For the Detroit automaker, the all-wheel-drive Extended Range model of the Mach-E, the company’s first all-electric vehicle, out performed its EPA estimate. And not by a mile or two—by a more than 12 percent.
The AWD Extended Range model is the third longest-range Mach-E, according to EPA estimates, able to go 270 miles on a single charge. Edmunds, however, tested the EV under real-world driving conditions, which included a 60/40 mixture of city and highway driving. The publication found that the car actually had a range of 304 miles, 12.6 percent more than expected. It also found that the AWD Extended Range had an energy consumption rating of 33.1 kWh/100 miles, which is 10.5 percent better than the EPA estimate.
While there are differences between the AWD Extended Range and the longer-range RWD Extended Range and California Route 1 models, the findings suggest that those models may be able to travel further on a single charge as well. In fact, if the math carries over, the RWD Extended Range could reach 338 miles on a single charge and and the California Route 1’s could make 343 miles.
The Mach-E wasn’t the only big winner in Edmunds’s testing. In fact, the Porsche Taycan 4S fared even better. Since it was introduced early last year, the biggest criticism of Porsche’s first EV was its relatively paltry 203-mile range. But the publication found that the Taycan’s actual range was far better, coming in at a whopping 323 miles, more than a 59 percent increase over EPA estimates.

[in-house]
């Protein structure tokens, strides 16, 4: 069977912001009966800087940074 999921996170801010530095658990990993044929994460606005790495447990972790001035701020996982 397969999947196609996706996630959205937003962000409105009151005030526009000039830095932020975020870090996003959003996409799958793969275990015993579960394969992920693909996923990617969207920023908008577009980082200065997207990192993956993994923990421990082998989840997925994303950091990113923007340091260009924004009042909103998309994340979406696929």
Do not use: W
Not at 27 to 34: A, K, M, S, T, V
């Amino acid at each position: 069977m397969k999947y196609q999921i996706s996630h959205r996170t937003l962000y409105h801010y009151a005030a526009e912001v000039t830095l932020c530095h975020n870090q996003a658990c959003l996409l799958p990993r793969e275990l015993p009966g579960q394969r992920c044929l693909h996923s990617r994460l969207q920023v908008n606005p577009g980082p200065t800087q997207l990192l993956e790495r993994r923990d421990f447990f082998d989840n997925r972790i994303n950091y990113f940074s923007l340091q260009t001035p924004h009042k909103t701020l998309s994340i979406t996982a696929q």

One brand sure be less pleased with Edmunds’s results is Tesla. Although the Elon Musk-fronted EV maker has some of the longest-range vehicles on the market, the publication found that the cars consistently failed to meet their EPA estimate. Each of the brand’s vehicles that were tested—the 2020 model year Model S Performance, Model 3 Performance, Model 3 Standard Range Plus, Model X Long Range and Model Y Performance—all came in short of their promised range by anywhere from 2.5 to 17.4 percent.
Performing closest to expectations was the Model S Performance, which Edmunds found to have a range of 318 miles, which was 2.5 percent worse than its EPA estimate of 326. Also not that far off the mark were the Model 3 Standard Range Plus, which performed 18 miles worse than its 250-mile estimate (for a drop of 7.2 percent); the Tesla Model Y Performance, which performed 28 miles worse than its 291-mile estimate (for a drop of 9.6 percent), and the Model X Long Range, which came in 34 miles worse than its 328-mile estimate (for a drop of 10.4 percent). The model that fared the worst, by far, was the Model 3 Performance, which the publication found to have a range of 256 miles, rather than its promised 310, missing its EPA estimate by 17.4 percent.